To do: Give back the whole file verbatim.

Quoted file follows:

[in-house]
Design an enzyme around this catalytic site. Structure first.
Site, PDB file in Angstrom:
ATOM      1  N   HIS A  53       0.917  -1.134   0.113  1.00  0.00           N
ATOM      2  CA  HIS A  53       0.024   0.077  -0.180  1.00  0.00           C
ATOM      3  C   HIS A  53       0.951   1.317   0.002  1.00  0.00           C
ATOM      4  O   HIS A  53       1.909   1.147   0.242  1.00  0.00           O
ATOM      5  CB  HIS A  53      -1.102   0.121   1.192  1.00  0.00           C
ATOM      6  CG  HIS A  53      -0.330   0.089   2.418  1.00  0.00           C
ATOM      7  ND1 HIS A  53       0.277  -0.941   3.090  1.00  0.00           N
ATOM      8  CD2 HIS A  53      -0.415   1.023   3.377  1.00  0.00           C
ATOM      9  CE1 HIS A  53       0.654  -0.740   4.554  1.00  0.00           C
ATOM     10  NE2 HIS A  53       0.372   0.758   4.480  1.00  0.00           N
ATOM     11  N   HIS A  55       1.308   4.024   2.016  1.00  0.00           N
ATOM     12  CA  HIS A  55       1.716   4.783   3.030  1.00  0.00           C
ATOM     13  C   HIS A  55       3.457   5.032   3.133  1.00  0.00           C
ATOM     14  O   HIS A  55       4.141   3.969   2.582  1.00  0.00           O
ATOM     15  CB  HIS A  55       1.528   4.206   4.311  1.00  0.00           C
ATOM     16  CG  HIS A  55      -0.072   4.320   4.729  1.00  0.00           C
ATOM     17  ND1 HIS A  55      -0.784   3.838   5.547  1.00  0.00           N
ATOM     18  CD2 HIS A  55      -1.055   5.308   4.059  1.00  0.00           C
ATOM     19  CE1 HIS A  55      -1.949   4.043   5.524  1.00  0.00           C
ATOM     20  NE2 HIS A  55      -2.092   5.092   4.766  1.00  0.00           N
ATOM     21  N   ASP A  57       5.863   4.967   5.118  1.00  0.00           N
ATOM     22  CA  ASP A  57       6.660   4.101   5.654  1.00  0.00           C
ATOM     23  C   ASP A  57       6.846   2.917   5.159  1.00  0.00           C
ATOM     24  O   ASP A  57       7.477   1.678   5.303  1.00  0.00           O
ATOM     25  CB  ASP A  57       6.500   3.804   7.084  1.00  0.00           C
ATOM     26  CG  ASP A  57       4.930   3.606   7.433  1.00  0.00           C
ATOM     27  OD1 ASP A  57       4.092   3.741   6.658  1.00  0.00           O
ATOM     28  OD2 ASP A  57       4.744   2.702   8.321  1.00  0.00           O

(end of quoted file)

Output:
[in-house]
Design an enzyme around this catalytic site. Structure first.
Site, PDB file in Angstrom:
ATOM      1  N   HIS A  53       0.917  -1.134   0.113  1.00  0.00           N
ATOM      2  CA  HIS A  53       0.024   0.077  -0.180  1.00  0.00           C
ATOM      3  C   HIS A  53       0.951   1.317   0.002  1.00  0.00           C
ATOM      4  O   HIS A  53       1.909   1.147   0.242  1.00  0.00           O
ATOM      5  CB  HIS A  53      -1.102   0.121   1.192  1.00  0.00           C
ATOM      6  CG  HIS A  53      -0.330   0.089   2.418  1.00  0.00           C
ATOM      7  ND1 HIS A  53       0.277  -0.941   3.090  1.00  0.00           N
ATOM      8  CD2 HIS A  53      -0.415   1.023   3.377  1.00  0.00           C
ATOM      9  CE1 HIS A  53       0.654  -0.740   4.554  1.00  0.00           C
ATOM     10  NE2 HIS A  53       0.372   0.758   4.480  1.00  0.00           N
ATOM     11  N   HIS A  55       1.308   4.024   2.016  1.00  0.00           N
ATOM     12  CA  HIS A  55       1.716   4.783   3.030  1.00  0.00           C
ATOM     13  C   HIS A  55       3.457   5.032   3.133  1.00  0.00           C
ATOM     14  O   HIS A  55       4.141   3.969   2.582  1.00  0.00           O
ATOM     15  CB  HIS A  55       1.528   4.206   4.311  1.00  0.00           C
ATOM     16  CG  HIS A  55      -0.072   4.320   4.729  1.00  0.00           C
ATOM     17  ND1 HIS A  55      -0.784   3.838   5.547  1.00  0.00           N
ATOM     18  CD2 HIS A  55      -1.055   5.308   4.059  1.00  0.00           C
ATOM     19  CE1 HIS A  55      -1.949   4.043   5.524  1.00  0.00           C
ATOM     20  NE2 HIS A  55      -2.092   5.092   4.766  1.00  0.00           N
ATOM     21  N   ASP A  57       5.863   4.967   5.118  1.00  0.00           N
ATOM     22  CA  ASP A  57       6.660   4.101   5.654  1.00  0.00           C
ATOM     23  C   ASP A  57       6.846   2.917   5.159  1.00  0.00           C
ATOM     24  O   ASP A  57       7.477   1.678   5.303  1.00  0.00           O
ATOM     25  CB  ASP A  57       6.500   3.804   7.084  1.00  0.00           C
ATOM     26  CG  ASP A  57       4.930   3.606   7.433  1.00  0.00           C
ATOM     27  OD1 ASP A  57       4.092   3.741   6.658  1.00  0.00           O
ATOM     28  OD2 ASP A  57       4.744   2.702   8.321  1.00  0.00           O